• Corporate sustainability efforts were not as affected by the COVID-19 pandemic as many sustainability professionals first feared, according to the latest edition of environmental consulting firm ERM’s SustainAbility report. The report, which was performed in cooperation with sustainability consultancy GlobeScan, surveyed 700 sustainability professionals in more than 70 countries. In 2020, nearly half of survey respondents felt that sustainability agendas would be deprioritized over the coming decade due to the COVID-19 pandemic. However, in 2021 the percentage who felt sustainability efforts would suffer fell to 24%. About one-third of sustainability professionals think that the pandemic will increase the focus on environmental issues. However, 40% of those surveyed felt the pandemic would worsen socio-economic challenges, including poverty and inequality. Among specific environmental challenges, climate change, loss of biodiversity, and water scarcity ranked as the most serious.
                                  • The Centers for Disease Control and Prevention (CDC) set up a wastewater surveillance system in the fall of 2020 and now funds sewage monitoring efforts in 43 states, according to The New York Times. The agency is in the process of adding about 500 testing sites nationwide. Wastewater surveillance can help determine which variants are dominant in a community, which can help doctors make critical treatment decisions. For example, two of the three monoclonal antibody treatments approved for COVID-19 are ineffective against Omicron but work well against Delta. Sewage data can also help detect outbreak hotspots for better allocation of healthcare resources. Public health experts say the US needs to make more investments to expand and better coordinate wastewater surveillance to gather more data and share it more quickly.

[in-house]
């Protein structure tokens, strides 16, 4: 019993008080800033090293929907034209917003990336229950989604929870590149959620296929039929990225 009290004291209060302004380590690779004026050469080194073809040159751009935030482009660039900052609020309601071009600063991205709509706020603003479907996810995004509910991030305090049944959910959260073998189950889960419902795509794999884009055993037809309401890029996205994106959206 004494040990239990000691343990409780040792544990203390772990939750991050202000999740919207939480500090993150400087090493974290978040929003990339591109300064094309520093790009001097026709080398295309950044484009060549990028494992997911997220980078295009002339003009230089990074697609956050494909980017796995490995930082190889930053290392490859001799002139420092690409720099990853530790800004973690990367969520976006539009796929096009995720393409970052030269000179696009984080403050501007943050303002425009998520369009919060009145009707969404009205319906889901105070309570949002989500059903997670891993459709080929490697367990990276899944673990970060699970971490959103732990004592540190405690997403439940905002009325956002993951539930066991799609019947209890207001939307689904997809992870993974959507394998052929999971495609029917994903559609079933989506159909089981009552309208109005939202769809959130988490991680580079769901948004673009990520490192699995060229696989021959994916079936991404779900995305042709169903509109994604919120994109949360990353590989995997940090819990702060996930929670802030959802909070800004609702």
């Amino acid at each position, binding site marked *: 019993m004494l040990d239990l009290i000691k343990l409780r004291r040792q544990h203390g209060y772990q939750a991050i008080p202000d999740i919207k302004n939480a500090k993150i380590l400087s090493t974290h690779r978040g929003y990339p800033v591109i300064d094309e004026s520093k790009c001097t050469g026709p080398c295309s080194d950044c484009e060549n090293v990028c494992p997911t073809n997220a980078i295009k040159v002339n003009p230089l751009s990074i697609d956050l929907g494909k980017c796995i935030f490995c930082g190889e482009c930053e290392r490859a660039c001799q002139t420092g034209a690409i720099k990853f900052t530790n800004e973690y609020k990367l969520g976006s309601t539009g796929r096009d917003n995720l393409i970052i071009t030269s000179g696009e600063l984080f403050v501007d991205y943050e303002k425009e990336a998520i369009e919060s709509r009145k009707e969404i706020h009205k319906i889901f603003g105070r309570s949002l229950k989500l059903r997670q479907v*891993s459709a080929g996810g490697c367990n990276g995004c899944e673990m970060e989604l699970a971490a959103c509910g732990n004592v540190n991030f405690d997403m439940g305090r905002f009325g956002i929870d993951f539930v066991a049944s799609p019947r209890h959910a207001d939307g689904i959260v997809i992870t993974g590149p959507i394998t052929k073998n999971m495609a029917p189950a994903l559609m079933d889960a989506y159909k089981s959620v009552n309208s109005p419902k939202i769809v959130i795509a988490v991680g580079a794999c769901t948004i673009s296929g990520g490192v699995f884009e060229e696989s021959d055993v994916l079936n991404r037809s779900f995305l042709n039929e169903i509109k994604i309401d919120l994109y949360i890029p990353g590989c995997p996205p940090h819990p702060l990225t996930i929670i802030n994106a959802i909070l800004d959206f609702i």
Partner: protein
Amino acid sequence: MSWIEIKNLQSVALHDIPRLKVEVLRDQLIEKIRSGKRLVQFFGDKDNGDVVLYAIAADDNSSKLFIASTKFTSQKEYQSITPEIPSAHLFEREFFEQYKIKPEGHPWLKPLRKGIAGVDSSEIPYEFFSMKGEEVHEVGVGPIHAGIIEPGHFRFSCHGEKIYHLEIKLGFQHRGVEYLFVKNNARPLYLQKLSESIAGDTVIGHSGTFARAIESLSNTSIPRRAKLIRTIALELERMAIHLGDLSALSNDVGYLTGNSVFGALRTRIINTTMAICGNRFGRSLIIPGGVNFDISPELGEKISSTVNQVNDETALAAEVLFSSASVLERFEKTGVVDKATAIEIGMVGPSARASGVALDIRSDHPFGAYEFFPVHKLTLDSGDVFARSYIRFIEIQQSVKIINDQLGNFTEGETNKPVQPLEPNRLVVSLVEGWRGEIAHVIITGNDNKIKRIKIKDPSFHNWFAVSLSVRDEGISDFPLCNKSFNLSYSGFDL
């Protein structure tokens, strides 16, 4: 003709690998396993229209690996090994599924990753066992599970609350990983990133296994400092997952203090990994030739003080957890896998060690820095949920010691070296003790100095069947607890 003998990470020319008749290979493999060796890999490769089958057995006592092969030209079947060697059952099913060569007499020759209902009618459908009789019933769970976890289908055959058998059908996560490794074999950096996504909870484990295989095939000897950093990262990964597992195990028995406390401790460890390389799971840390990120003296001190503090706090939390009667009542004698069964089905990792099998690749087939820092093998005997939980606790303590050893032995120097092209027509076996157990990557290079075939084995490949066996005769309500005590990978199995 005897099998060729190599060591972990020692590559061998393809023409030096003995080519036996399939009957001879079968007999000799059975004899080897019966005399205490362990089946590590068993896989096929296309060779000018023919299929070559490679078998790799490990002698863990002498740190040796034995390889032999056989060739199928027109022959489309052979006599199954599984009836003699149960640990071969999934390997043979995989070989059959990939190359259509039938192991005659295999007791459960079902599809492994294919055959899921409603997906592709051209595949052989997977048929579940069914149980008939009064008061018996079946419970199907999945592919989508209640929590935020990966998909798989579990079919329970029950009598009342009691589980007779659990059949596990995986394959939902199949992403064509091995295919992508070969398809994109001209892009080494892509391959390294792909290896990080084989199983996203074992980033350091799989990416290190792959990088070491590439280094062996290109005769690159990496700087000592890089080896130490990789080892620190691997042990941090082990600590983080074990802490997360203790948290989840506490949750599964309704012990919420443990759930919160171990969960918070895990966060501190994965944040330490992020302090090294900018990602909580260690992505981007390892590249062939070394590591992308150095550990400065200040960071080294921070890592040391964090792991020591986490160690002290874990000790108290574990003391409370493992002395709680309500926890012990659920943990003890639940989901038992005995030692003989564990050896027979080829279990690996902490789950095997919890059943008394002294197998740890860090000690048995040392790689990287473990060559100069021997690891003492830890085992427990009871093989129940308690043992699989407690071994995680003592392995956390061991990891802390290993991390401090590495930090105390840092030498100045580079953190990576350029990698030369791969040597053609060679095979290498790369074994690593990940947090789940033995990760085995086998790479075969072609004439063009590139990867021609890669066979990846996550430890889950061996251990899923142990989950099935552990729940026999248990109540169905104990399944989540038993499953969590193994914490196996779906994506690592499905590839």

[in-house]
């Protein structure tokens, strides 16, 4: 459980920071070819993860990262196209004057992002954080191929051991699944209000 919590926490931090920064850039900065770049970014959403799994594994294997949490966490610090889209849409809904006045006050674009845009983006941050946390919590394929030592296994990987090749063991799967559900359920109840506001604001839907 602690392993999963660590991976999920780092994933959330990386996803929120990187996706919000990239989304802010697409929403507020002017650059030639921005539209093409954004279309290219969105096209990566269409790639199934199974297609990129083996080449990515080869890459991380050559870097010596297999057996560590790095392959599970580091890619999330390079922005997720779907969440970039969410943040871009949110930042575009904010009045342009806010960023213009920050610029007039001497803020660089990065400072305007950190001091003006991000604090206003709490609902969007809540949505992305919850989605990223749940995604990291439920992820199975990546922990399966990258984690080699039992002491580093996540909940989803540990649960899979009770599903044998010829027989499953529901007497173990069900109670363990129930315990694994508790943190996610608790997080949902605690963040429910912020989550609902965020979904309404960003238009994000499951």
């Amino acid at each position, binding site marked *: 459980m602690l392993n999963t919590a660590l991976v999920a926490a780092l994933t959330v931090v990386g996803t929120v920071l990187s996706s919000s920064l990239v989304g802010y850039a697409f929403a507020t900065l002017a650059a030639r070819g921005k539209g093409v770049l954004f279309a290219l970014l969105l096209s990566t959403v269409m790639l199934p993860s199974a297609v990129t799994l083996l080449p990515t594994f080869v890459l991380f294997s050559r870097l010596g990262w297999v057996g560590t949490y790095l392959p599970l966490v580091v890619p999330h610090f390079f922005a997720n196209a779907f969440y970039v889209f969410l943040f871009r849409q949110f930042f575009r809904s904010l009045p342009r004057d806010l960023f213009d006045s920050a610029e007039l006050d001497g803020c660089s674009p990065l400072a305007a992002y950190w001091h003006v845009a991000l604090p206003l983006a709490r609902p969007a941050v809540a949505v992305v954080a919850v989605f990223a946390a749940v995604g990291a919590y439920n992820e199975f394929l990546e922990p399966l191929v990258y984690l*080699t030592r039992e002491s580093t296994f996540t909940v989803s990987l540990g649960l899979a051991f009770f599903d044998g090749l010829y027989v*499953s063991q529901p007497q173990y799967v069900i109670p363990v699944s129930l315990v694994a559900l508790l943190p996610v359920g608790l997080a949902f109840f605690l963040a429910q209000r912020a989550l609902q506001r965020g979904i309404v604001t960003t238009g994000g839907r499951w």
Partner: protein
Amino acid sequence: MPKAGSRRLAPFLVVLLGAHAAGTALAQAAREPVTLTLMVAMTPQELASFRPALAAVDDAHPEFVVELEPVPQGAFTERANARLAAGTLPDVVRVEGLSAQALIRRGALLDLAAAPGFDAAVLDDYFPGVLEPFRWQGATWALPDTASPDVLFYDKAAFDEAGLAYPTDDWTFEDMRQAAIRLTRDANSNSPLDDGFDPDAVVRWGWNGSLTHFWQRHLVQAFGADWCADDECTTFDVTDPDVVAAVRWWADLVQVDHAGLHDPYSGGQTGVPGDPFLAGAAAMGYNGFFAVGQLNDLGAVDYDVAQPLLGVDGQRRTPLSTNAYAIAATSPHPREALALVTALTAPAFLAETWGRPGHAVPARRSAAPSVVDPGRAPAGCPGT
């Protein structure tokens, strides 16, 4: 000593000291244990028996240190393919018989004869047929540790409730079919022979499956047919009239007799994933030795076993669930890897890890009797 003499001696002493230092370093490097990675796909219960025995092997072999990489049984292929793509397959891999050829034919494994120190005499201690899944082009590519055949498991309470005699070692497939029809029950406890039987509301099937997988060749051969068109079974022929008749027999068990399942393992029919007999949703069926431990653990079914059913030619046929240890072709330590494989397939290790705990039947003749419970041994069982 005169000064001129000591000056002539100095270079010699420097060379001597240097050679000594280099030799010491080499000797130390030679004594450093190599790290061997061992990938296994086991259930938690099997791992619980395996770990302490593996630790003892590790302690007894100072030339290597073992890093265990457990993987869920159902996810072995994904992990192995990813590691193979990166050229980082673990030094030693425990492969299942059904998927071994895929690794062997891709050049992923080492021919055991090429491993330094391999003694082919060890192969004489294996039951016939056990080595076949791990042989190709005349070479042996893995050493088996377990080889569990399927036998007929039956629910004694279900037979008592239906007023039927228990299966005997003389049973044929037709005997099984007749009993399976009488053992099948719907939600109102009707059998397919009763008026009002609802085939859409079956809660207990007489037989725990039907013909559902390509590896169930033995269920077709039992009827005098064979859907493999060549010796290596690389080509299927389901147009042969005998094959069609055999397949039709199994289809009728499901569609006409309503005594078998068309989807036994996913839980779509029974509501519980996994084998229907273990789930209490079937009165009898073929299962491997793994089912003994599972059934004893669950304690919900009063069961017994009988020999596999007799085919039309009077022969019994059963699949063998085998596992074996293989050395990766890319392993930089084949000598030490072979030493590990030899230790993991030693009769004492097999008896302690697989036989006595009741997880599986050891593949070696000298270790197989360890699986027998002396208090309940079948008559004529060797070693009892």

• ELoMed, a Florida-based company, has developed a sustainably packaged face mask made of biodegradable materials, including corn, cassava, sugar cane, and sugar beets. The ELoMed mask yields a >98% Bacterial Filtration Efficiency (BFE) and is suitable for use in healthcare industry settings. Some health experts suggest that most cloth masks may offer little protection from the highly-contagious Omicron variant of the coronavirus and that disposable surgical masks or respirators (such as N95 and KN95 masks) are preferable. In January, the CDC updated its mask guidance to say, “a respirator may be considered in certain situations and by certain people when greater protection is needed or desired.” Demand for biodegradable masks may rise if masking remains more ingrained in day-to-day life and awareness about the environmental impact of disposable masks increases.